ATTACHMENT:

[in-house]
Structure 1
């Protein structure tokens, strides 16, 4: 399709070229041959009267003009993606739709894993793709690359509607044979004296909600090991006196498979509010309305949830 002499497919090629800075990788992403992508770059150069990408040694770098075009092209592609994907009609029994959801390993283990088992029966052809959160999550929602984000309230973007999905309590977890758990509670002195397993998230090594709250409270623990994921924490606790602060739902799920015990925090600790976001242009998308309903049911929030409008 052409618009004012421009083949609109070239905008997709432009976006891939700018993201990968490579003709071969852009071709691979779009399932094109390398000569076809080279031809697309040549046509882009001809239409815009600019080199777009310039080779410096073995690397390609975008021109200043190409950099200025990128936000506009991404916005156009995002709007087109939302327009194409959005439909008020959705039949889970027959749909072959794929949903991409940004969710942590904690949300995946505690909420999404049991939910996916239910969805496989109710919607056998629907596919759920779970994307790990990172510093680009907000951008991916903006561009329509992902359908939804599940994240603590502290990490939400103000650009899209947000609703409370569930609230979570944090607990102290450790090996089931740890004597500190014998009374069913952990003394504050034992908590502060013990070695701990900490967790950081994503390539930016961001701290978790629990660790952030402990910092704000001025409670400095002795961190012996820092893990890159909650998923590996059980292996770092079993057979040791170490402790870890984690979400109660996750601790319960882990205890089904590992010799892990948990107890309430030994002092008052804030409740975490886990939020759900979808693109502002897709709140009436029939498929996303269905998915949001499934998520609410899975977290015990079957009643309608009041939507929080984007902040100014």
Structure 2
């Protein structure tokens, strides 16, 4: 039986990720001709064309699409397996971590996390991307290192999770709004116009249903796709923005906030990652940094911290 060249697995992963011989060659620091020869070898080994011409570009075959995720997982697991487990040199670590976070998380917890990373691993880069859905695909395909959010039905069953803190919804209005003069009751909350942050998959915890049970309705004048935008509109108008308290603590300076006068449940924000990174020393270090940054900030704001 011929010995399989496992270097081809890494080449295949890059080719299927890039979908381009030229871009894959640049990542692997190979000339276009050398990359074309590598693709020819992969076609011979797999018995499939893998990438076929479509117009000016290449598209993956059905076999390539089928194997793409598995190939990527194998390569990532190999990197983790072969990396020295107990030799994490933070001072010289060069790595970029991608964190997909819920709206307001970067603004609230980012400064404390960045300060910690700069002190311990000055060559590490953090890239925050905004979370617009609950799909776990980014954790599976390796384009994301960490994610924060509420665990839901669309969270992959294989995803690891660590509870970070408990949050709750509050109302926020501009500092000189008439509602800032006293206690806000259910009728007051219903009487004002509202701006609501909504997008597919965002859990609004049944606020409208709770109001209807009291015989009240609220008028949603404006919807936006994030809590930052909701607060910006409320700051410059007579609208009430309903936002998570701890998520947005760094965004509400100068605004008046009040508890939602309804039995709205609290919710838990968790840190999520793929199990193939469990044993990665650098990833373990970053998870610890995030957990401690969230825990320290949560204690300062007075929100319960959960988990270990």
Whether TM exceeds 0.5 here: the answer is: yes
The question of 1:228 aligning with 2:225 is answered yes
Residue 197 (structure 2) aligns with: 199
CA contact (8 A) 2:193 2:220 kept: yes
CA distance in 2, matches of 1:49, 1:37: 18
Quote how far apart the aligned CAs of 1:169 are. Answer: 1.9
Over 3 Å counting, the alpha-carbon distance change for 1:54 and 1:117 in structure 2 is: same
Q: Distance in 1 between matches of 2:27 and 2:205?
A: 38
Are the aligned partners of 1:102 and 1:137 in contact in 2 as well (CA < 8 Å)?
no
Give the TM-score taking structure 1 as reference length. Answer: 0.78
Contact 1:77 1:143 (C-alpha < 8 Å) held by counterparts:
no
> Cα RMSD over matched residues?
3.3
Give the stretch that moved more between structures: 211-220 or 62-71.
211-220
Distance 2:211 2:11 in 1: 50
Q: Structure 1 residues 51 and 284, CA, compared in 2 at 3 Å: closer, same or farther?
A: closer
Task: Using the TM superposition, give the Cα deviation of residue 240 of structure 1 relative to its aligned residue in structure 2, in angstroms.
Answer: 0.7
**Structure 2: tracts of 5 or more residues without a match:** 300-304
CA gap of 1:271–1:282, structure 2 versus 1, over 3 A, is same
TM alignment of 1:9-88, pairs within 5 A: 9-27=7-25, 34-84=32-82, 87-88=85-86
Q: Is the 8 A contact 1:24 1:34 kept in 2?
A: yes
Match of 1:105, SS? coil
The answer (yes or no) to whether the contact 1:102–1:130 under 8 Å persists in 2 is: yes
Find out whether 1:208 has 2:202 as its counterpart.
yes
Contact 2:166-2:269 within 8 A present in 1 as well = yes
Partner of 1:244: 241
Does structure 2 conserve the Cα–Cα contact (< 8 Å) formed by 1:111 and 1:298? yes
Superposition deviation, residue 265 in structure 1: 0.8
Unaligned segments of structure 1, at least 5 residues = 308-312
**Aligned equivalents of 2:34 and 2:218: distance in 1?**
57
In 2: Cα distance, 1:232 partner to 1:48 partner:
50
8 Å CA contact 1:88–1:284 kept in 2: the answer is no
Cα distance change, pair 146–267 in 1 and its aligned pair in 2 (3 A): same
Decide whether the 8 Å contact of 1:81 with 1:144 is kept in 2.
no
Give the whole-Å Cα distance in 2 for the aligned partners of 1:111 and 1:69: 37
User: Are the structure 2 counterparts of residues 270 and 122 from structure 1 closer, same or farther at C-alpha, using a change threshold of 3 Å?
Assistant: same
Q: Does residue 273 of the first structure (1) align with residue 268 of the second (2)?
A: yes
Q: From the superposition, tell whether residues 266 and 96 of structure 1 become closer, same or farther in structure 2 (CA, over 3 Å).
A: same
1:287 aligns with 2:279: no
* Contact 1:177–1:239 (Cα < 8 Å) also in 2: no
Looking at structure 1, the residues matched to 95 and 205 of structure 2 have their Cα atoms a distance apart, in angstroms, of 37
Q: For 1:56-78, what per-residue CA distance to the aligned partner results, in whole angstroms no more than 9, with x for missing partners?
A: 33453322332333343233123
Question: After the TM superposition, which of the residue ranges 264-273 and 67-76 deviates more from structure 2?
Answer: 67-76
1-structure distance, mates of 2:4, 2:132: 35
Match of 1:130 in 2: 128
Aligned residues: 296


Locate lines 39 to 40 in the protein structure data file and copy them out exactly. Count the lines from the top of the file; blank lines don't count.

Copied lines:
Partner of 1:244: 241
Does structure 2 conserve the Cα–Cα contact (< 8 Å) formed by 1:111 and 1:298? yes